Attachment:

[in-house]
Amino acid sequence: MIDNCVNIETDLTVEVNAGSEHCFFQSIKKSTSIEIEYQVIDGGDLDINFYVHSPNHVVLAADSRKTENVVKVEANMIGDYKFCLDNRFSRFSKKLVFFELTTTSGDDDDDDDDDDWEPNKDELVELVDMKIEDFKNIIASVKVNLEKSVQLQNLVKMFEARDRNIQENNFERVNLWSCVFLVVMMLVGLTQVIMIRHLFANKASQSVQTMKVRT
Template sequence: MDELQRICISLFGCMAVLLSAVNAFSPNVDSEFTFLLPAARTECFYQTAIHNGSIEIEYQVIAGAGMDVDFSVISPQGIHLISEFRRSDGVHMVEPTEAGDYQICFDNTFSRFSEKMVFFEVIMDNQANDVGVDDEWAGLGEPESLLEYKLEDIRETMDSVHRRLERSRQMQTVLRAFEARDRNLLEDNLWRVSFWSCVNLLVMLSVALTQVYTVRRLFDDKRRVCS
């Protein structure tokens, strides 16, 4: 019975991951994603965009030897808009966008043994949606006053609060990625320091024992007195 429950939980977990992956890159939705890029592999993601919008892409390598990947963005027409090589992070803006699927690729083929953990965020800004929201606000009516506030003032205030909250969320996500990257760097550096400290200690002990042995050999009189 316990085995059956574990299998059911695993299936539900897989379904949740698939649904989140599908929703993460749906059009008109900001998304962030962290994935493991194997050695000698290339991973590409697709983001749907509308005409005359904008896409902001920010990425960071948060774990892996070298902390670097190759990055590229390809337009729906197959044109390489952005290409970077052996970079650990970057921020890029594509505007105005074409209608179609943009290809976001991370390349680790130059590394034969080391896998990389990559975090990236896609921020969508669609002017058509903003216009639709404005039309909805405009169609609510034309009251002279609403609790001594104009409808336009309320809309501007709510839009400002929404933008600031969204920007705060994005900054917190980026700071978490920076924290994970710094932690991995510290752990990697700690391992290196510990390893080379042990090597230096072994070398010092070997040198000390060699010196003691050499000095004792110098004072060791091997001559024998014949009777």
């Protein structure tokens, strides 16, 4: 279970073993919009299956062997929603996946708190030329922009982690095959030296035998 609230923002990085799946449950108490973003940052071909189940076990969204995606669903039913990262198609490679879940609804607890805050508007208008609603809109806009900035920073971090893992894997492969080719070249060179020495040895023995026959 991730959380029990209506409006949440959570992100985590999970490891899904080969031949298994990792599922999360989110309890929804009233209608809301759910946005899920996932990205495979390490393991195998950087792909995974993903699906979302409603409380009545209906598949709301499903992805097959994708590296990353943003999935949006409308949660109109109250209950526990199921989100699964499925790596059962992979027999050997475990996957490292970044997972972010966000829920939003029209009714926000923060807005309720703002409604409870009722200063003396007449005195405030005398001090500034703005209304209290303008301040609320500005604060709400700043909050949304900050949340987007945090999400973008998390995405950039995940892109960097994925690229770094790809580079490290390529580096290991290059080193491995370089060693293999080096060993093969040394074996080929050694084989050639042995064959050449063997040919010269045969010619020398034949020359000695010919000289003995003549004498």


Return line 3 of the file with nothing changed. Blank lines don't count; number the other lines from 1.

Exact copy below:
Template sequence: MDELQRICISLFGCMAVLLSAVNAFSPNVDSEFTFLLPAARTECFYQTAIHNGSIEIEYQVIAGAGMDVDFSVISPQGIHLISEFRRSDGVHMVEPTEAGDYQICFDNTFSRFSEKMVFFEVIMDNQANDVGVDDEWAGLGEPESLLEYKLEDIRETMDSVHRRLERSRQMQTVLRAFEARDRNLLEDNLWRVSFWSCVNLLVMLSVALTQVYTVRRLFDDKRRVCS